A commemorative postage stamp on the Birth Centenary of Kaka Kalelkar, an Indian freedom fighter, social reformer and journalist, major follower of philosophy and methods of Mahatma Gandhi :
Issued by India
Issued on Dec 2, 1985
Type : Stamp, Mint Condition
Colour : Multi colour
Denomination : 50 Paise
Printed at : India Security Press
Name : Dattatreya Balkrushna Kalelkar
Born on Dec 1, 1885 at Satara, Maharashtra, India
Died on Aug 21, 1981
- Dattatreya Balkrishna Kalelkar popularly known as Kaka Saheb Kalelkar was born at Satara in Maharashtra on 1st Dec. 1885. His father was a highly respected Treasury Officer in the British Government.
- At the age of 17, Kaka Saheb passed his matriculation and joined Fergusson College at Poona from where he took B.A. Hons. Degree in Philosophy. About this time, he came in touch with secret political societies and began his clandestine revolutionary work in 1906. His greatest influence during those days were the writings of Swami Vivekanand and Lokmanya Tilak. Kaka Saheb carried a name by his articles in ‘Chikitsak‘ and Lokmanya Tilak invited him to join his Marathi Daily ‘Rashtra–Mat‘, published from Bombay. This Daily was however soon ordered to be closed by the British rulers and Kaka Saheb went to Baroda in 1911 to become Principal of “Gangnath Vidyalaya”. However, this school was also ordered to be closed down by the British.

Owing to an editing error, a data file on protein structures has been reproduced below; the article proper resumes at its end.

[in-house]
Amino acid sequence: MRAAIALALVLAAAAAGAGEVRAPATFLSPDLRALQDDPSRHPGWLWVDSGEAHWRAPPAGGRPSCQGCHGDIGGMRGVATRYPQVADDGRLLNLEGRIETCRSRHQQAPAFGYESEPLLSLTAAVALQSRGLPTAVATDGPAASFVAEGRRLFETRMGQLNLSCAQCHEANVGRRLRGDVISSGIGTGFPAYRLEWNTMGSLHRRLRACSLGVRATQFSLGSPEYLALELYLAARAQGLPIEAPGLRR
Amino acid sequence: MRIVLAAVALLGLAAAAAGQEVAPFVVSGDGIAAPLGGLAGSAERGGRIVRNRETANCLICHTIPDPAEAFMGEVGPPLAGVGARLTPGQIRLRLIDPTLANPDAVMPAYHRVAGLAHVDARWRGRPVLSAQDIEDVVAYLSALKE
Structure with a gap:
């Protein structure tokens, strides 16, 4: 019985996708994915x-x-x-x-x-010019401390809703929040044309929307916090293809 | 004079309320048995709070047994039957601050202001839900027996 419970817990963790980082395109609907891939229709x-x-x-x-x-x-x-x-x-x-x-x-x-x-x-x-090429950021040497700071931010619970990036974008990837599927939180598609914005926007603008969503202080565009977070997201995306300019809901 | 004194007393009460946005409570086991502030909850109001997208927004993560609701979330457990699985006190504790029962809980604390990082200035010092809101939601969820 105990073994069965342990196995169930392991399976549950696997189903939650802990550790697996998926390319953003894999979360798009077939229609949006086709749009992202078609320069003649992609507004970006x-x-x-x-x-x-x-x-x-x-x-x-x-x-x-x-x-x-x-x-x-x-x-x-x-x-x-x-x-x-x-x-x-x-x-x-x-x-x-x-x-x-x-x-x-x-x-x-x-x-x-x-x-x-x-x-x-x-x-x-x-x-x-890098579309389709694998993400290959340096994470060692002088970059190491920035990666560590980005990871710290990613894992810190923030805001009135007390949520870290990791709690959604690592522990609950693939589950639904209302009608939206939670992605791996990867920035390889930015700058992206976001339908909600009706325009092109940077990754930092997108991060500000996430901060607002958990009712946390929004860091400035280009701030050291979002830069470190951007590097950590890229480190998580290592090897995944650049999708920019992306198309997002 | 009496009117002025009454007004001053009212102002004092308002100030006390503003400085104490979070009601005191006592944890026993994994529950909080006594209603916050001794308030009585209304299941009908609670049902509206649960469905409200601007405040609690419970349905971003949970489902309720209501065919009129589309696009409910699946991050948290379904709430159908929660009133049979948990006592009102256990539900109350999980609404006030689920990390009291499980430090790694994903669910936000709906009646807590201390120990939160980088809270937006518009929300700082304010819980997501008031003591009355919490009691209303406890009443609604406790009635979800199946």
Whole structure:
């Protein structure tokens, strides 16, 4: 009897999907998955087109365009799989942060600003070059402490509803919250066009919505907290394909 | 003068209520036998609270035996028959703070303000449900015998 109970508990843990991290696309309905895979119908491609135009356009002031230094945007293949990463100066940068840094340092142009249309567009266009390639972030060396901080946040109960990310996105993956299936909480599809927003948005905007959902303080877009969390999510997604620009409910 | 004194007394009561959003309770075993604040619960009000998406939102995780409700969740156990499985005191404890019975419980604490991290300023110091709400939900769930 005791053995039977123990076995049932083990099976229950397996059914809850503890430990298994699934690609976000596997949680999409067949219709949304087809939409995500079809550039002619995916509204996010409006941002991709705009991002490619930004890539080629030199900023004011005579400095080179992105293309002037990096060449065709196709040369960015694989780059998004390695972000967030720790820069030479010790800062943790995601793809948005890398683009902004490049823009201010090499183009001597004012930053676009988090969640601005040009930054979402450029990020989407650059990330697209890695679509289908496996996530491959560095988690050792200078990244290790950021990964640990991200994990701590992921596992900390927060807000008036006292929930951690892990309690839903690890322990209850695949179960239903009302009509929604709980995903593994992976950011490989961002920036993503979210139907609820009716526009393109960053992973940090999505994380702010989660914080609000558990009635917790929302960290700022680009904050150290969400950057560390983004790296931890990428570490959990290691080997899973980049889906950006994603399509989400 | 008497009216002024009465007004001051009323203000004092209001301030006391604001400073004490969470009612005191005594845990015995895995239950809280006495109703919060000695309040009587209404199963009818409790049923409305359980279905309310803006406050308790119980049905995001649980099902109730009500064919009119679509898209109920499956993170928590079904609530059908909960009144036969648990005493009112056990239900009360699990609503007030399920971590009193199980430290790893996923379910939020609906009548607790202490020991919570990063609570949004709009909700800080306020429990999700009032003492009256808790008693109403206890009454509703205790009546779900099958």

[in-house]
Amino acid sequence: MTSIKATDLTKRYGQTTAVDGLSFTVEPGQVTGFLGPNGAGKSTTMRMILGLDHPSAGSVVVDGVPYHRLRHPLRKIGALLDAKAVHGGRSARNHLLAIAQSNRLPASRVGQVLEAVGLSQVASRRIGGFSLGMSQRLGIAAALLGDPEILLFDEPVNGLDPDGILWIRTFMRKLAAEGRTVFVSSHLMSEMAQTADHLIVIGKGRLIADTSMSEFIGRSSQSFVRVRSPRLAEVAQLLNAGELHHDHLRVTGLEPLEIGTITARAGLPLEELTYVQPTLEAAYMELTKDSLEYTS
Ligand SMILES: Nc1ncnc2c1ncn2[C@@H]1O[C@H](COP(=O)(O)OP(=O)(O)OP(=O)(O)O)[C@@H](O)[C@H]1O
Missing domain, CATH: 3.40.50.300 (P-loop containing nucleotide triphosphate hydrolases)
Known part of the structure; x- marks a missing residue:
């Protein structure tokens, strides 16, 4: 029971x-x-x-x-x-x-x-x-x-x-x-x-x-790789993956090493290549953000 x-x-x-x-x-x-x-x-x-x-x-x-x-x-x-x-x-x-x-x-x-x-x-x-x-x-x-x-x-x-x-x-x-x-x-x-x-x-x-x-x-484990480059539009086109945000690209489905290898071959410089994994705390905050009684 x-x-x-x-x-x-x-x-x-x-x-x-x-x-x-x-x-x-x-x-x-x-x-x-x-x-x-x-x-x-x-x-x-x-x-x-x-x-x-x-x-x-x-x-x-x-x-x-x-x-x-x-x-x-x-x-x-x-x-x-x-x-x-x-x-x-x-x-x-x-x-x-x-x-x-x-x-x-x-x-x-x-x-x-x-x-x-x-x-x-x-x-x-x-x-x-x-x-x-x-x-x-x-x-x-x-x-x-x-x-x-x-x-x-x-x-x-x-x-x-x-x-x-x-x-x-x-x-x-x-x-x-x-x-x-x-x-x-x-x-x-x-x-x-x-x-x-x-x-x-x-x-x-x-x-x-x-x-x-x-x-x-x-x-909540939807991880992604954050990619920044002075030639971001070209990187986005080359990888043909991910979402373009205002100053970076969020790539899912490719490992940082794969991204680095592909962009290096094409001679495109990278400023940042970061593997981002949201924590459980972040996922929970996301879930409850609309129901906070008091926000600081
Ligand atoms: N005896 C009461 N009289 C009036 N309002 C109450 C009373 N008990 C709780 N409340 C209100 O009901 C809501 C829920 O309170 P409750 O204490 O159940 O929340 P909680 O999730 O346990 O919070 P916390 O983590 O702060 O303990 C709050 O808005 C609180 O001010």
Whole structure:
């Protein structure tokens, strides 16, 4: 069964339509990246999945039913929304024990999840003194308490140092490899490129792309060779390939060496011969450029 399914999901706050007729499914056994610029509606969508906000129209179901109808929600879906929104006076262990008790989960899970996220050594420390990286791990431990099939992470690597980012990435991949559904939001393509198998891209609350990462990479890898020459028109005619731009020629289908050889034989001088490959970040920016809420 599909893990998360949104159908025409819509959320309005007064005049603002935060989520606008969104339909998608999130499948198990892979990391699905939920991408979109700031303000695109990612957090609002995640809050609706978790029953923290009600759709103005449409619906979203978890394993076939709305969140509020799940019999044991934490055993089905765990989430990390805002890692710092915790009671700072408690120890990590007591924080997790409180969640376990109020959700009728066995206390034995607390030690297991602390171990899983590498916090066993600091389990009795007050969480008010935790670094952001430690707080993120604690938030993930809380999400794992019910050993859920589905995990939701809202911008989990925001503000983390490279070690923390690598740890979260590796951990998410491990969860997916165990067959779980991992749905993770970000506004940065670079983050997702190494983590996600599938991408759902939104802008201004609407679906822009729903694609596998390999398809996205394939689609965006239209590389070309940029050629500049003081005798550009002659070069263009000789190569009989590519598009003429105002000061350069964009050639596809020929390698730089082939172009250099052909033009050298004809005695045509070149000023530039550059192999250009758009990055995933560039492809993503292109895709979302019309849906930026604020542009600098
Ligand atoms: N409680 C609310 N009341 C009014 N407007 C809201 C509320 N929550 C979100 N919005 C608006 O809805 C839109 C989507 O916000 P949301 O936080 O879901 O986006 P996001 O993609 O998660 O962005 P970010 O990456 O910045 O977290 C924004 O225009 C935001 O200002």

- Harassed and pestered by the rulers, Kaka Saheb disappeared from active life calling himself “Sadhu Dattatreya” and went into the Himalayas and wandered on foot for over 2,500 miles, covering Gangotri, Yamunotri, Badrinath, Kedarnath, Amarnath and Nepal. His restless spirit took him to Belur math and then to Shantiniketan where he joined the teaching staff and was affectionately called “Dattubabu” by Gurudev Rabindra Nath Tagore. Gandhiji came on a visit to Shantiniketan and took Kaka Saheb with him to join his Satyagrah Ashram in a village called Kocharab near Ahmedabad. From Kocharab Gandhiji shifted his Ashram to Sabarmati where Kaka Saheb blossomed forth as a writer of chaste Gujarati, a language which was not even his mother-tongue.